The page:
Deacon Little sees himself as a ‘Catholic missionary’

| May 23, 2012 | 0 Comments

Deacon Ben Little

Age: 28

Hometown: Little Canada

Home parish: St. John’s Church of Little Canada (formerly St. John the Evangelist)

Parents’: Robert and Donna Marie Little

Education: Bachelor’s degree in politics at the University of?Dallas

Teaching parish: St. Anthony of Padua, St. Hedwig and Holy Cross in Minneapolis

Pastoral learning experiences: Hospice ministry (CPE) at Doherty Hospice House in Sioux Falls, S.D.; Spanish immersion summer in Mexico and Venezuela; deacon summer at St. Charles Borromeo, St. Anthony

Hobbies: Fishing, camping, cycling, cross country skiing

Favorite books: “The Song of Bernadette” by Franz Werfel, and “This Side of Paradise” by F. Scott Fitzgerald

Favorite movie: “Patton”

Person you most admire: Mary Jo Copeland, founder of Sharing and Caring Hands in Minneapolis

Thanksgiving Mass: 2 p.m. Sunday, May 27, St. John’s Church of Little Canada

Two major events took place for Deacon Ben Little when he was 8 years old — his first Communion at St. John’s Church of Little Canada (formerly called St. John the Evangelist) and a diagnosis of juvenile diabetes.

Both are part of his journey to the priesthood, scheduled to take place with his ordination May 26 at the Cathedral of St. Paul.

He went to school at St. John’s from kindergarten through eighth grade, and had a particularly striking memory involving the pastor during that time, Father Robert Fitzpatrick.

“I remember receiving my first Communion and taking a picture with him in front of the church and just how joyful he was on that occasion,” Deacon Little said. “I had the realization that someday I could be like him. As time went on and he continued to be a presence in my life and a friend of our family, I just knew that I could be a priest someday.

“That thought was with me my whole time growing up, from second grade on. It was not a complicated thing. . . . I’m not sure at any point did he say directly, ‘You should be a priest.’ It was more of a lived witness that was a reality and possible for me.”

Making choices

Shortly after his first Communion, Deacon Little was diagnosed with juvenile diabetes. The following summer, he started going to a camp for diabetic children. He continued going every year, then became a camp counselor during his junior and senior years at Cretin-Derham Hall High School in St. Paul. The experience of being a camp counselor, he said, played a role in the discernment of his vocation.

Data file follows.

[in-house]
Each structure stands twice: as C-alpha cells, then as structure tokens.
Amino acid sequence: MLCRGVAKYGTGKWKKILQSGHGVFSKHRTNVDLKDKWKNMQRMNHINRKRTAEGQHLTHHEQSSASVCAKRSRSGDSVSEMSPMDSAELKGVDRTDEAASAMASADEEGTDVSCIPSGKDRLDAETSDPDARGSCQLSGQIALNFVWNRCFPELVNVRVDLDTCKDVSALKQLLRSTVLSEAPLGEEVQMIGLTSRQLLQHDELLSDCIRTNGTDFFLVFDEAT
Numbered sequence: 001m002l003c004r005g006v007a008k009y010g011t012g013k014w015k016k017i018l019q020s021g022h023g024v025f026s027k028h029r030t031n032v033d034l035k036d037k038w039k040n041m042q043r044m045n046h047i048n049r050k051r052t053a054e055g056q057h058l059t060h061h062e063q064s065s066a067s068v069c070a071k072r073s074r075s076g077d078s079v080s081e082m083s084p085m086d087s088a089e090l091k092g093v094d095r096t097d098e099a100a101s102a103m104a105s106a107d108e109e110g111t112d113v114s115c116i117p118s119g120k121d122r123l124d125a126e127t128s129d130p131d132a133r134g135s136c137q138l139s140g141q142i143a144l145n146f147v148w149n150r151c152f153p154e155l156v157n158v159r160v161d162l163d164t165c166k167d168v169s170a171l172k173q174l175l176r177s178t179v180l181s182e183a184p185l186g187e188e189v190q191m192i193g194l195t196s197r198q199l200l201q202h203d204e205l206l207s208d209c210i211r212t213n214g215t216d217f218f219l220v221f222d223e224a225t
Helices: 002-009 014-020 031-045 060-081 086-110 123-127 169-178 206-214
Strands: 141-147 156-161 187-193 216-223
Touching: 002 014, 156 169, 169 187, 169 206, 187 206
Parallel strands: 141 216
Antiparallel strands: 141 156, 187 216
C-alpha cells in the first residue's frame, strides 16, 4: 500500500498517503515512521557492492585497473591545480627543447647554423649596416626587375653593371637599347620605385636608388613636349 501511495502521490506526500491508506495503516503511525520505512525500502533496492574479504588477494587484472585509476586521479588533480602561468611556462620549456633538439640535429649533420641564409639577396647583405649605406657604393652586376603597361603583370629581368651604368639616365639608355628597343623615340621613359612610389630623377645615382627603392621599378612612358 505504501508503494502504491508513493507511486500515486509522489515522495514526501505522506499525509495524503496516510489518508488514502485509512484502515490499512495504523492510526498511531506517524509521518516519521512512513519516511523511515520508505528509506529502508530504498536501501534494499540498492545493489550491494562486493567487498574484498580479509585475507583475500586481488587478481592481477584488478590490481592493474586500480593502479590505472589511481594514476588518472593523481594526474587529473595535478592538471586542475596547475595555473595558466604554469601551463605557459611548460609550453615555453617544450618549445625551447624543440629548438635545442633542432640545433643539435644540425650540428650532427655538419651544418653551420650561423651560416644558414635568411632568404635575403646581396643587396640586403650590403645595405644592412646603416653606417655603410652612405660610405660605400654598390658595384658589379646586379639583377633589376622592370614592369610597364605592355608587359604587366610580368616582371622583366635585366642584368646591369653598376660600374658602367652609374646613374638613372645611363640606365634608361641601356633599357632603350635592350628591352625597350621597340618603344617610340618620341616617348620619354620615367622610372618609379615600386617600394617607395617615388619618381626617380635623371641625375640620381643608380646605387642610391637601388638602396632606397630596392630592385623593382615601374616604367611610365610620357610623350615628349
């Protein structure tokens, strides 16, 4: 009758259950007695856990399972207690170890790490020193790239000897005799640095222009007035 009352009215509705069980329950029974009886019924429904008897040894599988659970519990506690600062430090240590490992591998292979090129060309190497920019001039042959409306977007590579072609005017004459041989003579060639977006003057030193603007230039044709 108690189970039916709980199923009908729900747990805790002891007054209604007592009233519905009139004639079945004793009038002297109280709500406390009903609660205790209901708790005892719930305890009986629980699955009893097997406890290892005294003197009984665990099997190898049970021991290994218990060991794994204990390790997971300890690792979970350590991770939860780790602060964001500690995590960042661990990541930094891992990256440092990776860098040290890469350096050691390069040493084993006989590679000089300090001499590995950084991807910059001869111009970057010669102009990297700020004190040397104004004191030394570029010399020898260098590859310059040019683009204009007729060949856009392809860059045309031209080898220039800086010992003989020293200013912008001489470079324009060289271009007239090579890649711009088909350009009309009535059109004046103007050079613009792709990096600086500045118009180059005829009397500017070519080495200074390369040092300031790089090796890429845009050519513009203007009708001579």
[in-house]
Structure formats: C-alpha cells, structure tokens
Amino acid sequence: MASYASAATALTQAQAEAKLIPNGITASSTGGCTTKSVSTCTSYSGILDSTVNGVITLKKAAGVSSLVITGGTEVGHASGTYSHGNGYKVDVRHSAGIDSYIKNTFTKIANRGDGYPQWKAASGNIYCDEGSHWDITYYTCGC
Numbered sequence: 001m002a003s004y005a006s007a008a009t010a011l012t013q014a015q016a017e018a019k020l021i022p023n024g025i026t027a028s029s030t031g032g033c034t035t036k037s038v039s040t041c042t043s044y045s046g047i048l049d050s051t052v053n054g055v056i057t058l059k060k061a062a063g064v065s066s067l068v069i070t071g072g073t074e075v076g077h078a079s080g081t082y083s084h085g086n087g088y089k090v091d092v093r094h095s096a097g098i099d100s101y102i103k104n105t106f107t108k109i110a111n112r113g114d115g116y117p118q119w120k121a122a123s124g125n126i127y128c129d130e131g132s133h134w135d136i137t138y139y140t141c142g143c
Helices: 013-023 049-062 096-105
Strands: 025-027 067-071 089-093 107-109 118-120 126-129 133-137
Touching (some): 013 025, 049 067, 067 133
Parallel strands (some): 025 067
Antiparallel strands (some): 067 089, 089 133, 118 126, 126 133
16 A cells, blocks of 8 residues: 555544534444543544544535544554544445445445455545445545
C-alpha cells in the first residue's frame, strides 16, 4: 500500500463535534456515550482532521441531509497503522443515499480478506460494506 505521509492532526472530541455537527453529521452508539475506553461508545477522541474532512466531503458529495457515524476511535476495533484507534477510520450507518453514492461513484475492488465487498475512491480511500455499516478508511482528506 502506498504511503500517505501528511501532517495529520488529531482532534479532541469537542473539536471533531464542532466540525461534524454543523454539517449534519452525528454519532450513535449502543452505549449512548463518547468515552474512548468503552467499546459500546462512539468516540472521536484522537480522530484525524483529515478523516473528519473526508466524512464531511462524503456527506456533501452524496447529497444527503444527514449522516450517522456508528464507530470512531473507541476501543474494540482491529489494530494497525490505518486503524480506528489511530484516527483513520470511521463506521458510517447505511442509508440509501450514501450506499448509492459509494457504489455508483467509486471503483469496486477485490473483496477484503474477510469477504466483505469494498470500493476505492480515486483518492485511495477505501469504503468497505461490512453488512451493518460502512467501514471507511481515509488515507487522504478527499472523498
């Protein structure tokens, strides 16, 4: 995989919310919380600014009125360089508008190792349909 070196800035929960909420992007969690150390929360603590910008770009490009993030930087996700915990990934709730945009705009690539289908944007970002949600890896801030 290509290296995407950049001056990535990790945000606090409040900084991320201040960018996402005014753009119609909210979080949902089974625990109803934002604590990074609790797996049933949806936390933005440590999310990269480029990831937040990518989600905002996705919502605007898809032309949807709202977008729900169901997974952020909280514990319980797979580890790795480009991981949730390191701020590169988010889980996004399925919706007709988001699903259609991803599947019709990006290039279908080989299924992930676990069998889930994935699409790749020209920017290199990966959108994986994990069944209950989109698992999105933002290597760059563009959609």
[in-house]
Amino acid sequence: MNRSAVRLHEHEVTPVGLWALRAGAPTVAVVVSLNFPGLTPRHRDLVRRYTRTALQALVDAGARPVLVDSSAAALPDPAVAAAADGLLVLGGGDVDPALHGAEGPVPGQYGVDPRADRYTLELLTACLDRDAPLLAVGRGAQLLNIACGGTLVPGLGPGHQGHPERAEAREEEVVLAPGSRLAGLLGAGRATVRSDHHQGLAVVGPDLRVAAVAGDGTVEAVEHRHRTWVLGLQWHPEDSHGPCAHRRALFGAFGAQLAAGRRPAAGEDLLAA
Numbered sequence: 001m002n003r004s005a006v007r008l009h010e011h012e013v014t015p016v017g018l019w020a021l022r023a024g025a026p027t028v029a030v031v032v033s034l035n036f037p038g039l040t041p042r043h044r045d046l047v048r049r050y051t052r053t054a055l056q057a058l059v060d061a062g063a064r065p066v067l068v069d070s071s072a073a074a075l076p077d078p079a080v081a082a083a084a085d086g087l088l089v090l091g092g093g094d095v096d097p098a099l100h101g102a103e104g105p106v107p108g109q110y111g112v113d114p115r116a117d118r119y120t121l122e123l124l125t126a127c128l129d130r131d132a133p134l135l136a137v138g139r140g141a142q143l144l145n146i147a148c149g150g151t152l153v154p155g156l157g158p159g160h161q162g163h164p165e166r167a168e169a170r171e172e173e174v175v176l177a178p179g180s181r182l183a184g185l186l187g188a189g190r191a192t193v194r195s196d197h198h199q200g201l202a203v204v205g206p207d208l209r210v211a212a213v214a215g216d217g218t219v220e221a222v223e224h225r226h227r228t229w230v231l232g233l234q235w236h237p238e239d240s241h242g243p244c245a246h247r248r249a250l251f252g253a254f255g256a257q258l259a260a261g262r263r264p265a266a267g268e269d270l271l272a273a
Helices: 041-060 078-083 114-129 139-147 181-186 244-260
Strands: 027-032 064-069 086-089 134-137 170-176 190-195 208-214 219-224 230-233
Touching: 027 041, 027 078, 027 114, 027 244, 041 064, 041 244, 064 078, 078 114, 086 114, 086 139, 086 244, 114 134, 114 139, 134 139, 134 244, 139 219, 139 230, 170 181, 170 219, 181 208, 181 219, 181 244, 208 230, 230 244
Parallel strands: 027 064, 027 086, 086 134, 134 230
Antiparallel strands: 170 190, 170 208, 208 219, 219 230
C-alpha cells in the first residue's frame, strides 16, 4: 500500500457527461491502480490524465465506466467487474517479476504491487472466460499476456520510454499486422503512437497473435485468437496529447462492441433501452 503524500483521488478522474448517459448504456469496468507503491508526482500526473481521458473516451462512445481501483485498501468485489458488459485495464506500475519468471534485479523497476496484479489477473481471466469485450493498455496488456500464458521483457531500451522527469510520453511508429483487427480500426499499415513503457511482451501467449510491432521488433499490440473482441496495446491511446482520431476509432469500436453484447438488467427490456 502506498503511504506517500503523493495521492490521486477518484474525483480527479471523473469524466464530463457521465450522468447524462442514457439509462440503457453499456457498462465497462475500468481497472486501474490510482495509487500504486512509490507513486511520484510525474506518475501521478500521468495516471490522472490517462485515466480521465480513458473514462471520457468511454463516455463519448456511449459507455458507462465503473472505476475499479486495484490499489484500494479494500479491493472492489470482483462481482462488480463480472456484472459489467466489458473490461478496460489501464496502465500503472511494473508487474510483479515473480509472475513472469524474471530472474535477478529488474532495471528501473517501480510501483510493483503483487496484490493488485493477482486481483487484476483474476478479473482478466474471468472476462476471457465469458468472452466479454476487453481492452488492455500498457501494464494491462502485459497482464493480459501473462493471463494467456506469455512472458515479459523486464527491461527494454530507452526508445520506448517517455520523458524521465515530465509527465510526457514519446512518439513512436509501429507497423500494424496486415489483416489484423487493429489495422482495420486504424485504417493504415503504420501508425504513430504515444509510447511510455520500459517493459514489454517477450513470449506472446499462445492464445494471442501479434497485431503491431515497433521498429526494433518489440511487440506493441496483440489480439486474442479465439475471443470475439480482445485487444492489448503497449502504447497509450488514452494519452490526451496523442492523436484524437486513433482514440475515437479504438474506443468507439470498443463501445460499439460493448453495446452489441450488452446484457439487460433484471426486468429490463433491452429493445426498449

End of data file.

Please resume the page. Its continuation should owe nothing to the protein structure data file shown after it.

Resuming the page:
“In some ways, it prepared me for what came later — being attentive to the needs of these young people,” he said. “It taught me compassion and gave me a chance to practice it, knowing what somebody was struggling with and being able to walk with them through it.”

As he approached his high school graduation, he continued entertaining thoughts about the priesthood, to the point of meeting with Father William Baer, then rector of St. John Vianney College Seminary at the University of St. Thomas in St. Paul.

He was all set to apply, then visited the University of Dallas and chose to enroll there instead. It’s a decision he felt was right for him and helped lead him to his vocation.

“UD was, in some ways, my minor seminary,” he said. “When I arrived at UD, I saw my fellow students going to Mass, praying the rosary, doing service projects and living the Catholic life in a way that was new to me. I found it really refreshing.”

Yet, when he graduated, he wanted to put his degree to work in the professional world. He accepted an internship at The Claremont Institute in California, a conservative think tank, and hoped to put his faith-based political views and philosophies to work in ways that would impact the culture.

After just a few months, he called home and talked to his mother, Donna Marie. Things seemed to be going well, but some surprising words came out of his mouth during that conversation.

“I found myself declaring, saying out loud, ‘I want to be a priest,’” he said. “To which she responded: ‘I know. Come home.’ She knew, as a mother would, long before I was ever ready to admit it. I felt peace [when she said it]. I?was ready to do what I needed to do to leave things behind there and take the next step.”

The following fall, in 2007, he enrolled at the St. Paul Seminary and has not looked back. Along the way, he joined the Companions of Christ and now lives at a Companions house just a few blocks from the seminary.

“I consider myself really blessed that I have not had any serious doubts about my vocation,” he said. “Thanks be to God that the seminary has confirmed me, and here we are, ready to be ordained.”

As Deacon Little moves forward into the priesthood, he is sure to carry with him an experience he had during his seminary formation. He took part in an evangelization initiative during the Easter season in which he and other seminarians visited the University of Minnesota campus and talked to students there about their faith — not in a building, but randomly on the sidewalks that weave throughout the campus. And, they wore their collars while doing it.

“We called it the New Pentecost,” Deacon Little said. “It was modeled after a similar initiative that some seminarians out East had done.

“We went out on campus in pairs and basically just engaged people in conversation. We walked up to people and said, ‘We’re Catholic missionaries.’”

Though it made him uncomfortable, he realized that this is an important part of the Catholic faith. And, he felt the Holy Spirit nudging him to move forward and take some bold steps.

“It ended up being a really rewarding experience,” he said, “and it’s something I hope to bring to my parish, wherever that may be.”

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Category: Ordinations